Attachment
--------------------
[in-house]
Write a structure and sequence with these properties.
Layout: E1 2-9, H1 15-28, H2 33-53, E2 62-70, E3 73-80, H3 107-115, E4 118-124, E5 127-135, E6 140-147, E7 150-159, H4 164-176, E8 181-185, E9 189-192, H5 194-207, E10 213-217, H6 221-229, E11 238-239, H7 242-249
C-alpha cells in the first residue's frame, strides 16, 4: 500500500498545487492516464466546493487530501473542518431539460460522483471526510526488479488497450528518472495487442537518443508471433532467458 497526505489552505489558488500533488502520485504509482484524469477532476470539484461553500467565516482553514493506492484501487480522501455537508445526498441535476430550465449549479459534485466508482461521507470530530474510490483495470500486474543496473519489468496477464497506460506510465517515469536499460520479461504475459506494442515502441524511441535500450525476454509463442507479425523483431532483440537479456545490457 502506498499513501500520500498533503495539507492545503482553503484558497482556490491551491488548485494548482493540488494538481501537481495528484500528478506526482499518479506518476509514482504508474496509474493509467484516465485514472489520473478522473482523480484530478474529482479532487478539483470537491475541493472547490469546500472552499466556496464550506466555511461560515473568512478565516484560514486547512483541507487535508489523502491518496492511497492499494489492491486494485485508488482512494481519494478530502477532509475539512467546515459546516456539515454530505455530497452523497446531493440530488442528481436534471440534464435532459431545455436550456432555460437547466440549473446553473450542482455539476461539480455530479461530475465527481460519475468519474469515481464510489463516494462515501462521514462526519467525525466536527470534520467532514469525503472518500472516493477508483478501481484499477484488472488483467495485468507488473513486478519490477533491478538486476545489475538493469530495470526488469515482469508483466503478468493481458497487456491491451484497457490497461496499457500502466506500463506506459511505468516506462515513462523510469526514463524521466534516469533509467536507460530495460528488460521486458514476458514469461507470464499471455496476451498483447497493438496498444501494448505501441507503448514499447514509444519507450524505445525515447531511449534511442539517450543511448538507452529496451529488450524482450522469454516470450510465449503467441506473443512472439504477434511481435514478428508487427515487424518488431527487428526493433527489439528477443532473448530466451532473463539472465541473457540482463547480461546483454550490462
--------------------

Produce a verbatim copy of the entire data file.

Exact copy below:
[in-house]
Write a structure and sequence with these properties.
Layout: E1 2-9, H1 15-28, H2 33-53, E2 62-70, E3 73-80, H3 107-115, E4 118-124, E5 127-135, E6 140-147, E7 150-159, H4 164-176, E8 181-185, E9 189-192, H5 194-207, E10 213-217, H6 221-229, E11 238-239, H7 242-249
C-alpha cells in the first residue's frame, strides 16, 4: 500500500498545487492516464466546493487530501473542518431539460460522483471526510526488479488497450528518472495487442537518443508471433532467458 497526505489552505489558488500533488502520485504509482484524469477532476470539484461553500467565516482553514493506492484501487480522501455537508445526498441535476430550465449549479459534485466508482461521507470530530474510490483495470500486474543496473519489468496477464497506460506510465517515469536499460520479461504475459506494442515502441524511441535500450525476454509463442507479425523483431532483440537479456545490457 502506498499513501500520500498533503495539507492545503482553503484558497482556490491551491488548485494548482493540488494538481501537481495528484500528478506526482499518479506518476509514482504508474496509474493509467484516465485514472489520473478522473482523480484530478474529482479532487478539483470537491475541493472547490469546500472552499466556496464550506466555511461560515473568512478565516484560514486547512483541507487535508489523502491518496492511497492499494489492491486494485485508488482512494481519494478530502477532509475539512467546515459546516456539515454530505455530497452523497446531493440530488442528481436534471440534464435532459431545455436550456432555460437547466440549473446553473450542482455539476461539480455530479461530475465527481460519475468519474469515481464510489463516494462515501462521514462526519467525525466536527470534520467532514469525503472518500472516493477508483478501481484499477484488472488483467495485468507488473513486478519490477533491478538486476545489475538493469530495470526488469515482469508483466503478468493481458497487456491491451484497457490497461496499457500502466506500463506506459511505468516506462515513462523510469526514463524521466534516469533509467536507460530495460528488460521486458514476458514469461507470464499471455496476451498483447497493438496498444501494448505501441507503448514499447514509444519507450524505445525515447531511449534511442539517450543511448538507452529496451529488450524482450522469454516470450510465449503467441506473443512472439504477434511481435514478428508487427515487424518488431527487428526493433527489439528477443532473448530466451532473463539472465541473457540482463547480461546483454550490462